Imagine the life of a weatherman, and again… isn’t it supposed to be a Weather Person!?! You get up every morning hoping you have predicted the weather correctly for your viewing audience. Sure there’s a 50/50 chance of being wrong, but that also means there is a 50/50 chance you are right!
Today it isn’t enough to just be a good meteorologist. You have to speak well and at least be good looking enough to not turn your audience’s stomach! Today was created to honor John Jeffries, the first American meteorologist, or at least a man that kept the weather records from 1774-1816. He was born on February 5th, 1744. Weather does generally come in a pattern, figure out that pattern and you may be able to predict your own weather!
How to celebrate – Watch the weather on tv or listen to it on the radio. Learn to predict your own weather. Always carry an umbrella just in case.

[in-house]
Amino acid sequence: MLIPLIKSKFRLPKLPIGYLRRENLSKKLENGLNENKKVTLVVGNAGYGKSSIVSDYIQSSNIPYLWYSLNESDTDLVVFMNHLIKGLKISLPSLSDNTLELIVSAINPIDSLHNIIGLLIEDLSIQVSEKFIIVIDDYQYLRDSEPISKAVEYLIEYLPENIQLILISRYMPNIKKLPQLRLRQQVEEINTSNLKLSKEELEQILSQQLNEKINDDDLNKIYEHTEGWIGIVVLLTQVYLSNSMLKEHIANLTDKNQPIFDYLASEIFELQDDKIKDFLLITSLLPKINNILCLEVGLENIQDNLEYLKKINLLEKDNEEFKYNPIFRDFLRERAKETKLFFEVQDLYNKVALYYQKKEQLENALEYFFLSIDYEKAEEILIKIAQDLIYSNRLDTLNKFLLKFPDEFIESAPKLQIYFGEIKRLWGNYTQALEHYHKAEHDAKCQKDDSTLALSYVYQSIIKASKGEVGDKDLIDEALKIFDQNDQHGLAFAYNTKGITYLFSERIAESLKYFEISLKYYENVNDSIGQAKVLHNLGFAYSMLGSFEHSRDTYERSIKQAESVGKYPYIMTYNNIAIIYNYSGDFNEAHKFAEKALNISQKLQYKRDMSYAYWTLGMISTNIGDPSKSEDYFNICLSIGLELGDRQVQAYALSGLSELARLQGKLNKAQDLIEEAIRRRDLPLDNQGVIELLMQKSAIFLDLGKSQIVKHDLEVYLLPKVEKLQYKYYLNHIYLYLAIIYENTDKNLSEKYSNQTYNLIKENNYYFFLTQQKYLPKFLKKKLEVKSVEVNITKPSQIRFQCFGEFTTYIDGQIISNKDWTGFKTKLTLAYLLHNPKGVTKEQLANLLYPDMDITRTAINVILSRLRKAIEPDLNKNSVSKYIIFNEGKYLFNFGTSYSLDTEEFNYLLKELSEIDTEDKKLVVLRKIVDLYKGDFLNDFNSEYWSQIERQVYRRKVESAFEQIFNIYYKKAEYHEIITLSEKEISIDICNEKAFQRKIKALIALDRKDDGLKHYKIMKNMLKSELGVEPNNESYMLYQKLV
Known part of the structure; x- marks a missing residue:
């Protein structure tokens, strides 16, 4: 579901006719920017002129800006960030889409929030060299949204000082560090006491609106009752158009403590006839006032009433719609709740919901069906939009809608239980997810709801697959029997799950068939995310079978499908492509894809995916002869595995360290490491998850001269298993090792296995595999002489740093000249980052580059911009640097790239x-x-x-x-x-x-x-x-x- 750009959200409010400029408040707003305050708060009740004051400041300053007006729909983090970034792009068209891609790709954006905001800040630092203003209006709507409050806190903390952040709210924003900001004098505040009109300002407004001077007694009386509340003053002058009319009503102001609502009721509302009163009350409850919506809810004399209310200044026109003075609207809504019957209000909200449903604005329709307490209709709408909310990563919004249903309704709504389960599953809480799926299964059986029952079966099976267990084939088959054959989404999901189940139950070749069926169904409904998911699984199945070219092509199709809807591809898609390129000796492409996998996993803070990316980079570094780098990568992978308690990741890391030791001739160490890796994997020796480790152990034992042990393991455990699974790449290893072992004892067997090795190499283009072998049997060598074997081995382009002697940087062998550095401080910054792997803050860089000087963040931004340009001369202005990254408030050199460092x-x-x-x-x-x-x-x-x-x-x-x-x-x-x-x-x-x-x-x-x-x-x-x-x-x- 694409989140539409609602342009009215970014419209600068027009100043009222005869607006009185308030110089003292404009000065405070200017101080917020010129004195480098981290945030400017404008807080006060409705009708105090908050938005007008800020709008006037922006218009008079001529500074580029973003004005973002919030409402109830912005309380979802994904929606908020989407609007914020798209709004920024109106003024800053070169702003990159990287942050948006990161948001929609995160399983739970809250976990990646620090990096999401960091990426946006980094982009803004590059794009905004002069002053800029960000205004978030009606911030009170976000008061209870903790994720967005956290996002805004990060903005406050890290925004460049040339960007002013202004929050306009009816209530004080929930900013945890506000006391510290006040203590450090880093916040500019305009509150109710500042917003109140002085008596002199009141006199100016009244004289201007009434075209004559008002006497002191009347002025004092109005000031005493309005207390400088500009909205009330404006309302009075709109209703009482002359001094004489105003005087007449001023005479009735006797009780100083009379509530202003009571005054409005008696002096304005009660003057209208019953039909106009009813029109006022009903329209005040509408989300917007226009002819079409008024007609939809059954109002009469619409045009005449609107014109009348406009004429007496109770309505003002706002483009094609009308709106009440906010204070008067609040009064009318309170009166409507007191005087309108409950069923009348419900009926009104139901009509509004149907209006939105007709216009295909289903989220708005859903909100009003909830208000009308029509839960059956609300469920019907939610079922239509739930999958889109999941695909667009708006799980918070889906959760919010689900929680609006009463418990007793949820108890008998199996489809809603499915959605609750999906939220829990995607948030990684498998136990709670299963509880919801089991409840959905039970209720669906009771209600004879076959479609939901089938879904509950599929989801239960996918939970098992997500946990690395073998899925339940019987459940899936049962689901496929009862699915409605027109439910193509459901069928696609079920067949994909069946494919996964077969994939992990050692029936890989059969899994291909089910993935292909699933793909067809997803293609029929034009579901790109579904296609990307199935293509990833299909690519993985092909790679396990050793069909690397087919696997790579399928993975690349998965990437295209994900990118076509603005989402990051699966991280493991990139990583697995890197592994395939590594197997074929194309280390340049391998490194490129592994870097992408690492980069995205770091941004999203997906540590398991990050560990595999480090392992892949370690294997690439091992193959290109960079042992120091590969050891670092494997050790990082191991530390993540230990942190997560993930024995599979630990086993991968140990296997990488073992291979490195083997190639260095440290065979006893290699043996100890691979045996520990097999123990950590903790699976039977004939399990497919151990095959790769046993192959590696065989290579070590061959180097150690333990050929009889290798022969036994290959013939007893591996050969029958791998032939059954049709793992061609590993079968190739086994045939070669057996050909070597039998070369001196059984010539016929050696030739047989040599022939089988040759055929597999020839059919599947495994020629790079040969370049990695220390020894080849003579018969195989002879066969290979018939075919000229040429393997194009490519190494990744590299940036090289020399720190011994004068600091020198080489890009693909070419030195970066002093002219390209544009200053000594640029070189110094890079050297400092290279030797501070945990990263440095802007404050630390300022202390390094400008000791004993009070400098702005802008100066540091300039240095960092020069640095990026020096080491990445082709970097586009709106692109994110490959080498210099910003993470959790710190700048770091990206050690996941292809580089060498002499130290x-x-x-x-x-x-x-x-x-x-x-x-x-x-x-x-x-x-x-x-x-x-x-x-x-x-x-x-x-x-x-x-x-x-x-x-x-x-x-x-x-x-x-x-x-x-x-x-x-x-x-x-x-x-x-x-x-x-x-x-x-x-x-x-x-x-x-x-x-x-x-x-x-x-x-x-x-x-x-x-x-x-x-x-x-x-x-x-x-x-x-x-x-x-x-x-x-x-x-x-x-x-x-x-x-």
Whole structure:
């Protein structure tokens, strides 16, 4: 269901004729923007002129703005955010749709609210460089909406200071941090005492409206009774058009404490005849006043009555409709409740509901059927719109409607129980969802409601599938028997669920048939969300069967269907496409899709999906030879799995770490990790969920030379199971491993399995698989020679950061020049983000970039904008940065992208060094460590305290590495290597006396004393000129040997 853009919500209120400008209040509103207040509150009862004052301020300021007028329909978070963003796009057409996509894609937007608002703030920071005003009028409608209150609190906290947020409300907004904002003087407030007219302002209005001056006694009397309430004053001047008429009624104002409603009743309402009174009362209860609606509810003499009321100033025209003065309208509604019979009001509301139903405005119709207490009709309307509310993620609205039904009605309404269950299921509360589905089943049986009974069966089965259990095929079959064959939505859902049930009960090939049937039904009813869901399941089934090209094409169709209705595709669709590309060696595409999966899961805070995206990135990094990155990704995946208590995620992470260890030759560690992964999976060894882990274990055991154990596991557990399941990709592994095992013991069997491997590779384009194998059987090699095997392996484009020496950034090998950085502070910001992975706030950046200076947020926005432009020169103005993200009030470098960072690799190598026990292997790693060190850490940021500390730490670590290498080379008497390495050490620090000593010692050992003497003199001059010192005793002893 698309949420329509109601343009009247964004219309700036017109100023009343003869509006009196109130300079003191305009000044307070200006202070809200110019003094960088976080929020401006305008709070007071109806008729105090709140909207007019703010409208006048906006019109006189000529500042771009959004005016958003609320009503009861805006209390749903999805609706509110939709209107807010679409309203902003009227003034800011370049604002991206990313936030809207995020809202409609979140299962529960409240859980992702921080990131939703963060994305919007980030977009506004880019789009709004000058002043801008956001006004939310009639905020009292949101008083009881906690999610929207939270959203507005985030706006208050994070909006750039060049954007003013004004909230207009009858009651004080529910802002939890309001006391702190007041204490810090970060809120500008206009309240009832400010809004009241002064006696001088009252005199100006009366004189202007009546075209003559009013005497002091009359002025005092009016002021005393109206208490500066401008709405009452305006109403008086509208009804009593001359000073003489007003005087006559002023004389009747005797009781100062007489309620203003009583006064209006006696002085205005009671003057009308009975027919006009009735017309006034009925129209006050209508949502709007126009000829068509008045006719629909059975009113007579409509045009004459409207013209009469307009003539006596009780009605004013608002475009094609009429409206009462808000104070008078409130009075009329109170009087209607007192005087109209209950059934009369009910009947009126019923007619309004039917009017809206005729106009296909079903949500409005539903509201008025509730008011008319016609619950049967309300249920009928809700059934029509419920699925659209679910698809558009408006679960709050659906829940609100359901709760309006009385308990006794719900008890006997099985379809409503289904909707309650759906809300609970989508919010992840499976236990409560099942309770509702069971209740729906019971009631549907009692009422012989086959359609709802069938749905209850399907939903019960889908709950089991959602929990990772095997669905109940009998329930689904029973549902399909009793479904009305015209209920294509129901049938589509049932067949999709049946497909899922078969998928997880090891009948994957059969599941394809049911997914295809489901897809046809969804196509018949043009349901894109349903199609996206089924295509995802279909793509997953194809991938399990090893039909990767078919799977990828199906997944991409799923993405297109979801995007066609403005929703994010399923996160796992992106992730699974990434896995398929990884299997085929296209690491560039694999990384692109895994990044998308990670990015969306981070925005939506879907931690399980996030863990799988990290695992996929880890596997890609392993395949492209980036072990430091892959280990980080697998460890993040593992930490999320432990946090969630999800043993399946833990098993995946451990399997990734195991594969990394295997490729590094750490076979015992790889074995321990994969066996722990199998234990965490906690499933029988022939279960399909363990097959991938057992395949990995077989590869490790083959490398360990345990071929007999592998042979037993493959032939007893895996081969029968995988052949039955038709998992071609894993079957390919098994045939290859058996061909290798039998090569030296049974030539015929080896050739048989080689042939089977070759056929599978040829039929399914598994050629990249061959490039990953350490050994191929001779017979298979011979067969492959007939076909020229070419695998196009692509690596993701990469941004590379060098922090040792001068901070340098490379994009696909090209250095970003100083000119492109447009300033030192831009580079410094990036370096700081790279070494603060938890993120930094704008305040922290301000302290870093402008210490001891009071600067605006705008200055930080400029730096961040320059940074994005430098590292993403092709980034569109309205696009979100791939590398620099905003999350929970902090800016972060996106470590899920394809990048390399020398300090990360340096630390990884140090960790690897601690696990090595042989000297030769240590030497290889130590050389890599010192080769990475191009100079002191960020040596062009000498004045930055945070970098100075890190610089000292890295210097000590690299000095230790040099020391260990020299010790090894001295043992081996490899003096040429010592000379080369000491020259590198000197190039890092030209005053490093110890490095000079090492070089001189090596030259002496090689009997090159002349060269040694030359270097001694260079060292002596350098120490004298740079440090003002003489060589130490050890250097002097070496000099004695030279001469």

Don’t you just love it when the weatherperson says there is a 50% chance of rain? In short, it means, maybe it will rain, maybe it won’t. Actually, they are more right anymore than they are wrong. It has become a true science. Even though it is called Weatherman’s Day, like everything else, it should be Weatherperson.
According to the US Air Force, the day belongs to John Jeffries who was born on February 5th, 1744. He kept a complete record of the weather in his area from 1774 to 1816. In fact, it is the Air Force who created the day to honor his accomplishments.
On a daily basis, we may think they are guessing since even with as much science as it there is, they do still sometimes get it wrong. Of course, it isn’t really their fault, it’s mother nature not cooperating with what is apparent to all the predictors.
However when it comes to major storms, hurricanes, blizzards or severe heat spells you had better pay attention to them because while it may not matter in the everyday events of your life, in those more serious times, it could be life saving.
How to celebrate – Thank your local weatherperson. Track your weatherperson and see how often they are right in your area. Check each weatherperson’s prediction against each other and see which one is right more often.